Wayne Rooney - from pariah to messiah
In the week dominated by Carlos Tevez's refusal to play for Manchester City, there was a rather stunning counterpoint just a few miles across town. Tevez wouldn't play for City, Rooney couldn't do it for Manchester United, and no-one needed telling who was missed most.
Tevez, of course, some time ago became City manager Roberto Mancini's figure of last resort, not a 'go-to' guy, more a case of 'has it really come to this?' This was no critique of the Argentinian's enduring ability to make an impact on any game, just public confirmation that he had become a lot more trouble than he was worth.
It seems quite extraordinary now, but less than a year ago Rooney was, in the minds of almost all but his manager Alex Ferguson, well down the road to the same pariah status.
No, he didn't turn his manager down at a critical point of a vital match, but he did deliver blows potentially devastating to the club's pursuit of its 19th English title.
He lectured Ferguson on a lack of ambition in the transfer market. He said United's ability to compete at the highest level was running down at an alarming rate. What would placate him? Soon enough it was apparent that a massive hike in wages would do very nicely, thank you.
Now, Rooney and Tevez scarcely occupy the same football planet. City's high-priced lawyers delve into the niceties of contract law to determine a proper response to Tevez's rebellion, while Ferguson and his football staff agonise over Rooney's current, but hopefully brief injury.
Ferguson complained that his team had "lost concentration" in Tuesday's embarrassing home Champions League draw with Swiss lightweights. He had made a similar point at the weekend after United surrendered two points against Stoke.
However, what Ferguson chose not to say -- but was certainly at the front of his mind -- is that for all United's early momentum, and sparking performances from such as Nani and Ashley Young, the team's dependence on Rooney is becoming greater by the match. Without him against Stoke and Basel, United were scarcely recognisable.
He is scoring goals with absolute assurance, timing his strikes as if with the assistance of radar.
His relationship with younger players like Javier Hernandez and Danny Welbeck has become almost paternal. Rooney is the man who finds a way to get the job done.
It started last season, though, some months after the firestorm caused by his rebellion, and accumulated momentum at a quite dramatic rate. Think of United's late-season flourish, their annexation of the title and curt dismissal of Chelsea on the way to the Champions League final.
True, Barca performed an ambush of chilling brilliance, but who was the one United player who kept to his task, scored a goal of great authority and who hadn't looked petrified from the first moments of the game? Of course, it was the erstwhile problem man-child Rooney.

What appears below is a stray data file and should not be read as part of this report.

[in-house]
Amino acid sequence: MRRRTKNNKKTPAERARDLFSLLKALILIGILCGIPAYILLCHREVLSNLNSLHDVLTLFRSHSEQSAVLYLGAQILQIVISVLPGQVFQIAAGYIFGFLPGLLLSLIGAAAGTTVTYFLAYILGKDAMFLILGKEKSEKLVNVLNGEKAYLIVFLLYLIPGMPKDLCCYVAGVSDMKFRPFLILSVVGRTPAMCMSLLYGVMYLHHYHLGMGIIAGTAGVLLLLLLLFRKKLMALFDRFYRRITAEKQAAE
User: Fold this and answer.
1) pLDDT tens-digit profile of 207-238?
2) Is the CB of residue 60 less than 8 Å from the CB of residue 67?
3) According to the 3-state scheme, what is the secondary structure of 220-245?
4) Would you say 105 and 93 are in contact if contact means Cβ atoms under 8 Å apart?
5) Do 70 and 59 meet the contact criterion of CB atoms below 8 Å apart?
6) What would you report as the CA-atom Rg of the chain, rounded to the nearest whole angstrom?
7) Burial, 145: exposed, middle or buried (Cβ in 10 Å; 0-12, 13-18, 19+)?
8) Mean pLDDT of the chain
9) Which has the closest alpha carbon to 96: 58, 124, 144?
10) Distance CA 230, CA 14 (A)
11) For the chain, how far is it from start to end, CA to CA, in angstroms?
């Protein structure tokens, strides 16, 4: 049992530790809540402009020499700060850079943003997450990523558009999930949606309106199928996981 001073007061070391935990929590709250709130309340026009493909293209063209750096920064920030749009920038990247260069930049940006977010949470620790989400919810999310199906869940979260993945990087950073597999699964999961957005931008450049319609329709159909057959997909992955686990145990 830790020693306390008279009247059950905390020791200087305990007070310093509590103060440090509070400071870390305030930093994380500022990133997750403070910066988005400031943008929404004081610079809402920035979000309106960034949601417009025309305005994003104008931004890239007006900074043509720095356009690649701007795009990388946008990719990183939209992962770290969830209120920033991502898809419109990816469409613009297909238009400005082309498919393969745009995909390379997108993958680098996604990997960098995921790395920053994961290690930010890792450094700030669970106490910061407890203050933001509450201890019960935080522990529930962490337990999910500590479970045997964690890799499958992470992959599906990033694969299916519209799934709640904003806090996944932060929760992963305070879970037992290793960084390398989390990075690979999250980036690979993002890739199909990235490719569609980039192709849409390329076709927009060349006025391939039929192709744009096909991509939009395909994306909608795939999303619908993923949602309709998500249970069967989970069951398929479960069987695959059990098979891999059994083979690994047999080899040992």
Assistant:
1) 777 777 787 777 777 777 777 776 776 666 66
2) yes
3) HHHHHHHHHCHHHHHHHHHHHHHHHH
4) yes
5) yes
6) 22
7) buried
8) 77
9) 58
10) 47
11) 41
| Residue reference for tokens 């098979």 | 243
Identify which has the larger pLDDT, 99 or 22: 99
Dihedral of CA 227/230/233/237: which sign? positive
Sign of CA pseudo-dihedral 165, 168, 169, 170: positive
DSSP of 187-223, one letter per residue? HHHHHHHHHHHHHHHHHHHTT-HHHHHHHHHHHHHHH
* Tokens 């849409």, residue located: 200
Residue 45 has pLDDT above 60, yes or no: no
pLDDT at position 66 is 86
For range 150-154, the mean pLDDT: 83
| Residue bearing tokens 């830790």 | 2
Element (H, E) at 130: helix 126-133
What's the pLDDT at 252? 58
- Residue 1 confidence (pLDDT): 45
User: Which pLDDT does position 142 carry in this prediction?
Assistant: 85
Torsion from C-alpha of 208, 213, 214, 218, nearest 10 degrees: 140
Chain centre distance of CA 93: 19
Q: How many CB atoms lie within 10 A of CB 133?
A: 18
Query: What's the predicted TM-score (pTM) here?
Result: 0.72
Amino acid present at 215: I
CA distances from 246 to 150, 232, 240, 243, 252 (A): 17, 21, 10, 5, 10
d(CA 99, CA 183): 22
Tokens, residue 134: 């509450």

Earlier, he had turned around a hugely important derby game against Manchester City with a goal of coruscating brilliance. At West Ham United, with the title race at a critical point, it was Rooney who masterminded a recovery from two goals down. He schemed and he scored and in an excess of triumphalism he yelled obscenities into a pitch-side microphone. That cost him a place in the FA Cup semi-final against Manchester City, when an anguished Ferguson saw Dimitar Berbatov miss two glorious early chances.
Yes, you could say that by now Rooney had been forgiven for 2010 -- the most horrendous year of his life on an off the field. The stories of sordid behaviour in his private life, his catastrophic performances for England in South Africa during the World Cup and a relentless decline in his form for United, added up to a crisis which, for some, signalled the end of the best hopes for him when he emerged so sensationally as a teenager at Everton.
Arsene Wenger said then he was the best young English player he had seen, and by some distance, and the notably unexcitable John Giles agreed that here indeed was a player who had the potential to join the pantheon of great players.
So much for such huge expectations, the football cognoscenti agreed, and increasingly Ferguson was asked about the degree of Rooney's decline.
Was it a phase or might it just be terminal? Naturally, the manager opted for the former, but there were times when plainly he had his own doubts.
The problem was the scale of Rooney's playing woes. A year earlier he had been scoring goals with absolute authority, some on the ground, but a remarkable number in the air. It was as though nothing was beyond him.
Now almost everything was gone, and not least that sublime ability to be in the right place at the right time. The supreme home-bred reader of football was lapsing into illiteracy.
"Wayne is not having a great time at the moment, but the best of players have spells like this," Ferguson declared. "He is a great player and you do not lose that overnight. You better believe the best is yet to come."
Certainly Ferguson has plenty of reasons now to congratulate himself on his patience -- and maybe even cause to rewrite a little bit of recent history.
For many the club was craven when it backed down so quickly when Rooney and his agent arrived with their demands in the middle of one of the worst runs ever by a front-rank player.
Now it looks more a piece of sublime business when we look at United in the absence of Wayne Rooney.
For some time at least, they can also tremble at the possibility that one day he might say he doesn't want to play.